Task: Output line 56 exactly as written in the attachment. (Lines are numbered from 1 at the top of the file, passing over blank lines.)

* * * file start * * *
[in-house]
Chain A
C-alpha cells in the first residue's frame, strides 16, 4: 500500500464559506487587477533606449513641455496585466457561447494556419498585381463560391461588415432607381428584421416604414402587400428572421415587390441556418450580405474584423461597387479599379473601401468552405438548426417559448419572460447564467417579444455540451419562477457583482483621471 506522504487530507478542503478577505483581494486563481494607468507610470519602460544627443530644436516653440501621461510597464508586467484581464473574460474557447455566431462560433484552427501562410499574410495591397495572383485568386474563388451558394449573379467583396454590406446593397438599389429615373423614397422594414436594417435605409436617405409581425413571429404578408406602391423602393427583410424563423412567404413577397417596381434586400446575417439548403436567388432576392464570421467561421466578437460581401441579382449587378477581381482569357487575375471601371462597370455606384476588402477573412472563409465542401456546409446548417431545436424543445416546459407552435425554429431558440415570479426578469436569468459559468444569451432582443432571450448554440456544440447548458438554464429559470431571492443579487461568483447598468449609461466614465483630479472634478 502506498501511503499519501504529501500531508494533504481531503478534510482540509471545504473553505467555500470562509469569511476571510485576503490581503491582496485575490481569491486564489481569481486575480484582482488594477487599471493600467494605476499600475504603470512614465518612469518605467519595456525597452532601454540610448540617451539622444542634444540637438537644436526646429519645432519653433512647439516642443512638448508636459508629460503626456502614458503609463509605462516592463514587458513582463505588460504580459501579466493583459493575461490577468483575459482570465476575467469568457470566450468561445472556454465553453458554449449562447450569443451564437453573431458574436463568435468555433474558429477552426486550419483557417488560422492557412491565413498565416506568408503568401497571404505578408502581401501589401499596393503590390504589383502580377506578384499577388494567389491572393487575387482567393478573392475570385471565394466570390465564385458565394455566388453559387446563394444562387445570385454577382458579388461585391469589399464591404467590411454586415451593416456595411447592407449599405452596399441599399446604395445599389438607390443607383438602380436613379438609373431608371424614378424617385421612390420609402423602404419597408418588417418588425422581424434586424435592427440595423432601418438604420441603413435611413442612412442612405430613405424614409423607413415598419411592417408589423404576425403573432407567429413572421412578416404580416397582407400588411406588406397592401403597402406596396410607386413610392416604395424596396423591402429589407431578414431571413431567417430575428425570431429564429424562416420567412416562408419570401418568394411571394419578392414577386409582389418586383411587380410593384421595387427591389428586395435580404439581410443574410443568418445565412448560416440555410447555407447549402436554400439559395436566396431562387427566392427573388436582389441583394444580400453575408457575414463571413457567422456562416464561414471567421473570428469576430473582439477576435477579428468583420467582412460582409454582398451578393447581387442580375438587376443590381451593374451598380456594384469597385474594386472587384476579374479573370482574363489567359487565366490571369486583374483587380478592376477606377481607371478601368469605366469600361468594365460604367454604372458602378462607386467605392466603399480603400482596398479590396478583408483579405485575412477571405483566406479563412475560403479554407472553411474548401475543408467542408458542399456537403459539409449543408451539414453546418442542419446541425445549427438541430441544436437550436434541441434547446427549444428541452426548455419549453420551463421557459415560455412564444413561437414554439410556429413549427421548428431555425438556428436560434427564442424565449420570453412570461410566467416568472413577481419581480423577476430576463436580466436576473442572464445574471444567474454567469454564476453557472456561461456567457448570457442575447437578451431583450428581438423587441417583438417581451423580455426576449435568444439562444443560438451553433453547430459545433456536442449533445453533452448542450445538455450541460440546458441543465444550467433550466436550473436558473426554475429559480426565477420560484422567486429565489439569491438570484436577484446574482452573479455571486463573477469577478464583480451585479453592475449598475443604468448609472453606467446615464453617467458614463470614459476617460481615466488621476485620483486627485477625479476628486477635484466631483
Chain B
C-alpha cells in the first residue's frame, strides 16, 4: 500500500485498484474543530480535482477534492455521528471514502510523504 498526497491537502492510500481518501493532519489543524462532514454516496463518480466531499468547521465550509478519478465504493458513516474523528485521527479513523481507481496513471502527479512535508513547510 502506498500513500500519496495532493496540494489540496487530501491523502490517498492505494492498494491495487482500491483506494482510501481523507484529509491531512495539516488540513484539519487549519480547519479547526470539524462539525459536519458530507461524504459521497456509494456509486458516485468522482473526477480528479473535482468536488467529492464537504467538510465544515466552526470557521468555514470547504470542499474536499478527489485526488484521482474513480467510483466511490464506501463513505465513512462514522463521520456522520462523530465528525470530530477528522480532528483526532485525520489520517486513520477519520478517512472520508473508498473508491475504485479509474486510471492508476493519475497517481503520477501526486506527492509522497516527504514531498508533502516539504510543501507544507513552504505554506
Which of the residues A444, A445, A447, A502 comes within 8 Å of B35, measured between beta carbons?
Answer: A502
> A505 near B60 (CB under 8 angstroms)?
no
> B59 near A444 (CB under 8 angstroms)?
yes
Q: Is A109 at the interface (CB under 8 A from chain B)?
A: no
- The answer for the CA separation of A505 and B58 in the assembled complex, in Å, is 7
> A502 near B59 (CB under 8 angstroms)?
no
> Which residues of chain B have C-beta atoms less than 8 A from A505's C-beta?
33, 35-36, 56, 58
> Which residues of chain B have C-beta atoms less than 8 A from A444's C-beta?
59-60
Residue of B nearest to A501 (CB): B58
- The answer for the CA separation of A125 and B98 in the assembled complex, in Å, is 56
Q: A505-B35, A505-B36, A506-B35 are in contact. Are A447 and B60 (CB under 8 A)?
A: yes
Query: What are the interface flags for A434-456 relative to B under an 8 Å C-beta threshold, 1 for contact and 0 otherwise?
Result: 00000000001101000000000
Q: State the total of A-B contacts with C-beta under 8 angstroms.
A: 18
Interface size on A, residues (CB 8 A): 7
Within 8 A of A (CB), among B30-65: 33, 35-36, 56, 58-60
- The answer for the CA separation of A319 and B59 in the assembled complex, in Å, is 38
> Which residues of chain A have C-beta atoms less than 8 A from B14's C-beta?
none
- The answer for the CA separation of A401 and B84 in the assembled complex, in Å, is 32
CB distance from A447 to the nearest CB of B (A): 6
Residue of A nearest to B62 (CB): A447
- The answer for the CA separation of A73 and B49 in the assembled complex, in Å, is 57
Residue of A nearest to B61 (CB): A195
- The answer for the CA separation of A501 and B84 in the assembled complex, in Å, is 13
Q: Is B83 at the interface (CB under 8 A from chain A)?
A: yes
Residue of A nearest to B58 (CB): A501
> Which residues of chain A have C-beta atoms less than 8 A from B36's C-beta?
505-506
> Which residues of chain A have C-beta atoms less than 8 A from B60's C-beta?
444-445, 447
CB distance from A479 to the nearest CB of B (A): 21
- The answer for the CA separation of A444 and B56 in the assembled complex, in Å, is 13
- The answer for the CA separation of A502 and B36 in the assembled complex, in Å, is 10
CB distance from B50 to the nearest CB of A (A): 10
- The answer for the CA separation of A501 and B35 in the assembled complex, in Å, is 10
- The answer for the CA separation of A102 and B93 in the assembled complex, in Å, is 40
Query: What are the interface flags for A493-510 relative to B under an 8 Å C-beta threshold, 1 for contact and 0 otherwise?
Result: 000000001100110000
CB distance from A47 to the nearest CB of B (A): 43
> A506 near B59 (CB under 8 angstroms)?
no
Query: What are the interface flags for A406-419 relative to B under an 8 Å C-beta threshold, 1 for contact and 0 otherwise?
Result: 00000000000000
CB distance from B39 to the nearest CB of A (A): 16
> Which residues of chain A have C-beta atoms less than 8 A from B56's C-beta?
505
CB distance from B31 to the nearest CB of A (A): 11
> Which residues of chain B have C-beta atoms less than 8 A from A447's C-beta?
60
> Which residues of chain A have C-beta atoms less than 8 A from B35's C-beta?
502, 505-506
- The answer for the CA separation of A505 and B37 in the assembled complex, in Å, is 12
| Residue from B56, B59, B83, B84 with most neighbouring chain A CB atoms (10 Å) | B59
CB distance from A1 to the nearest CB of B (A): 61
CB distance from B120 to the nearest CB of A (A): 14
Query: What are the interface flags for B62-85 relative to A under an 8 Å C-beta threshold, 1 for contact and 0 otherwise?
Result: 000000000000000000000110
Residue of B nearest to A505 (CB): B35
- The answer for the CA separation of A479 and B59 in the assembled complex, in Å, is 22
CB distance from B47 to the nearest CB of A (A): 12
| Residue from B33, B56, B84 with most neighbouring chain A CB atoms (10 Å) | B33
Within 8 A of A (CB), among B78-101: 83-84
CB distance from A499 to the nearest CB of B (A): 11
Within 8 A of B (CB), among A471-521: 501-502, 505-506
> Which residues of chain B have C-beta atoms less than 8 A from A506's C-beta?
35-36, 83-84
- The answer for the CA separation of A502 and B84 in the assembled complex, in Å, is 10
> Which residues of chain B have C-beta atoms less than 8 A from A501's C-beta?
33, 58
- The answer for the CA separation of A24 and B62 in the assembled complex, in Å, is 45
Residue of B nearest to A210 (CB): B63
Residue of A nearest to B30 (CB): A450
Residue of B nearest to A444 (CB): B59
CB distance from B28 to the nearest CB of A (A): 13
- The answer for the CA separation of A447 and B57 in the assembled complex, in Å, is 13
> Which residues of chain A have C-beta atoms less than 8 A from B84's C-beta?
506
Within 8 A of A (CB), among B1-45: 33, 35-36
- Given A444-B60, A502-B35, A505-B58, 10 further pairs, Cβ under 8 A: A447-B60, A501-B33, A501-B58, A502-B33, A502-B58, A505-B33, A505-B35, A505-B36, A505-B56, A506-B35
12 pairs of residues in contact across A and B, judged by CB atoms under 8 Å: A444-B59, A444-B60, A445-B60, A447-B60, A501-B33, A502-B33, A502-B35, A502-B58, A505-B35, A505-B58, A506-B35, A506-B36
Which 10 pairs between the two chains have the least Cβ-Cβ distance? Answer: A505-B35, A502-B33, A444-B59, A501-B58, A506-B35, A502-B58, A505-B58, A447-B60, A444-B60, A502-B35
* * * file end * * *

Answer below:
> A506 near B59 (CB under 8 angstroms)?